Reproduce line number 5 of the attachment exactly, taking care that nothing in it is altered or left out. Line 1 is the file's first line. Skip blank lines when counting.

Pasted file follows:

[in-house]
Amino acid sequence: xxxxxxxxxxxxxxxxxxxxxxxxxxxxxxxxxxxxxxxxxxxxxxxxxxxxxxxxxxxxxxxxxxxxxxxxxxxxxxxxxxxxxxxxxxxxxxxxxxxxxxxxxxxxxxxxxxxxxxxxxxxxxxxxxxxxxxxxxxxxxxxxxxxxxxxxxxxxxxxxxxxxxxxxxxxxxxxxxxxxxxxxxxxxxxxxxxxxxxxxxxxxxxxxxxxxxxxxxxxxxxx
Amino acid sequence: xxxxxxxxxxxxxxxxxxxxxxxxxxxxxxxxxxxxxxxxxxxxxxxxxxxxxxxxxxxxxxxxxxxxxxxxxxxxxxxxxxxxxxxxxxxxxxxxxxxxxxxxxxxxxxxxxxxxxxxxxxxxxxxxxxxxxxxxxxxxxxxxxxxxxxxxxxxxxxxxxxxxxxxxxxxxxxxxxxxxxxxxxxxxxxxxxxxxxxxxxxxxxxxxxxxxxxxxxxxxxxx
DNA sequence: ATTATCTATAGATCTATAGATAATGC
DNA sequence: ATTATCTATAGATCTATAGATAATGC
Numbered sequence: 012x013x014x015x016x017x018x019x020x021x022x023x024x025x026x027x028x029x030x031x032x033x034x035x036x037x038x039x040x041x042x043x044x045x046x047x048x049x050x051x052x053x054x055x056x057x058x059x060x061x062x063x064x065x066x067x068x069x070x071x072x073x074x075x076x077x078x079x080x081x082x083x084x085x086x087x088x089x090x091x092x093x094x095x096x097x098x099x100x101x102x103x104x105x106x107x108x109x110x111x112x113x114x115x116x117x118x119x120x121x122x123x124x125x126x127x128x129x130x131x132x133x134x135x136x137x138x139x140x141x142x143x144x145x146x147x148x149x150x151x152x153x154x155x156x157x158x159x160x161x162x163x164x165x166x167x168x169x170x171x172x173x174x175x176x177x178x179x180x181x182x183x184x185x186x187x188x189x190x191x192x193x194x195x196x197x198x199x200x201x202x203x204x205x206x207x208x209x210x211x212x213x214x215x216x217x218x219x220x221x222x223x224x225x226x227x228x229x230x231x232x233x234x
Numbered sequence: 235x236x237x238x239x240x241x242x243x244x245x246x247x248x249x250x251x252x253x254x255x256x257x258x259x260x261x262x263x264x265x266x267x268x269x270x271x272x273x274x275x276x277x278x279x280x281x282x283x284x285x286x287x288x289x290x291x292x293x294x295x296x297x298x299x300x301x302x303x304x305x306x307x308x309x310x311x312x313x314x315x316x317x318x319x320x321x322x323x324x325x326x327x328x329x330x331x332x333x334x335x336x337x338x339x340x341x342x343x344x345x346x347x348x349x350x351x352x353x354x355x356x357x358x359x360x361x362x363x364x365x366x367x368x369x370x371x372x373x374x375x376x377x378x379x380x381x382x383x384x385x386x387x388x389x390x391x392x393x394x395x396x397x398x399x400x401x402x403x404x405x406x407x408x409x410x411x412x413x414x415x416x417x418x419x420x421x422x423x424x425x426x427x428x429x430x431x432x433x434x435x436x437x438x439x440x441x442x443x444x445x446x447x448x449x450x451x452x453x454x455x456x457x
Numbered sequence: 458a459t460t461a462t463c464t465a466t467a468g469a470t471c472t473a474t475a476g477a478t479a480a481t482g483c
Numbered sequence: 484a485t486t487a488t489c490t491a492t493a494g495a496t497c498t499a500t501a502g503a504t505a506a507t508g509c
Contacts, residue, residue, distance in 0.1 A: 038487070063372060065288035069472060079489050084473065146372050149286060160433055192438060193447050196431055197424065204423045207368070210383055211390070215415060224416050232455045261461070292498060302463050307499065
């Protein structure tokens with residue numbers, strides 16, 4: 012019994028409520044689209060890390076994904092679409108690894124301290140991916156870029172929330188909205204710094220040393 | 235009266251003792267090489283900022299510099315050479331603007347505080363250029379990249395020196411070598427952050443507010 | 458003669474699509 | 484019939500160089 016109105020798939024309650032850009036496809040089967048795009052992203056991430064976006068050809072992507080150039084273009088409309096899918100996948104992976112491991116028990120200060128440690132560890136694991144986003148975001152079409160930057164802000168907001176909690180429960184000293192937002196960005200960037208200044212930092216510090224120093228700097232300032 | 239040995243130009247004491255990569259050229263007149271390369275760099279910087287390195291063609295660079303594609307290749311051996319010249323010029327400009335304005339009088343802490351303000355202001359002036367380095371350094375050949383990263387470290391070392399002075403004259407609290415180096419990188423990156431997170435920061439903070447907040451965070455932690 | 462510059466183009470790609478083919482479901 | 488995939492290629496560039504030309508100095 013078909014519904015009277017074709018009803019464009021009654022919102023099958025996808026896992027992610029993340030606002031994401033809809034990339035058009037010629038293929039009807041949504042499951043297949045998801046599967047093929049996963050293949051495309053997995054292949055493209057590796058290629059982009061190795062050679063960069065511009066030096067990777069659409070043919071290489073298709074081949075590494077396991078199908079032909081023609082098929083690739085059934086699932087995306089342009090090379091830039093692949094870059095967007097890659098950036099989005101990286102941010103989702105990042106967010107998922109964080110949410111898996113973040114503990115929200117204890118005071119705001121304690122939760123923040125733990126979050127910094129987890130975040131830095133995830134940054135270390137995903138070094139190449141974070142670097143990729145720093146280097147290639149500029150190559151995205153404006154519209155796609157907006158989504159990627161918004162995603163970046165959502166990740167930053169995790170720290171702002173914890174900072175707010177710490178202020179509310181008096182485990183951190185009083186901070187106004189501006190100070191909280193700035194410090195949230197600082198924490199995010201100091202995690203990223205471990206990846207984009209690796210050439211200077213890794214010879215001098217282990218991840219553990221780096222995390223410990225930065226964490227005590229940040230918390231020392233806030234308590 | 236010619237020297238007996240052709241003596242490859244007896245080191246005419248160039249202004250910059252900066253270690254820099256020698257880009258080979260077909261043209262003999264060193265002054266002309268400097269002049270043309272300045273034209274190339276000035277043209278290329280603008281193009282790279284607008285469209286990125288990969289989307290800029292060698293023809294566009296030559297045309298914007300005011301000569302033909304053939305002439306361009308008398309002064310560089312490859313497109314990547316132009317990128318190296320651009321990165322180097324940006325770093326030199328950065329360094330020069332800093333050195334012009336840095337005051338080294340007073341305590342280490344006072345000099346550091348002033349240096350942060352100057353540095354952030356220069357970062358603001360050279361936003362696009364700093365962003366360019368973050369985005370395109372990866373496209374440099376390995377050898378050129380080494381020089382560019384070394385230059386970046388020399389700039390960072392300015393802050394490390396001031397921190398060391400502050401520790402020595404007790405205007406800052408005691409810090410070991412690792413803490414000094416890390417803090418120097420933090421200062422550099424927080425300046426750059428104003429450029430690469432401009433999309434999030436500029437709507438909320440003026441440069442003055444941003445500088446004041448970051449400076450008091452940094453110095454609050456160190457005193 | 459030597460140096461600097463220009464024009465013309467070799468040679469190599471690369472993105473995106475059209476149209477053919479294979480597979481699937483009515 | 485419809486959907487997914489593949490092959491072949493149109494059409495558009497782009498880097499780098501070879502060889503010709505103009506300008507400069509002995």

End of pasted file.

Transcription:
DNA sequence: ATTATCTATAGATCTATAGATAATGC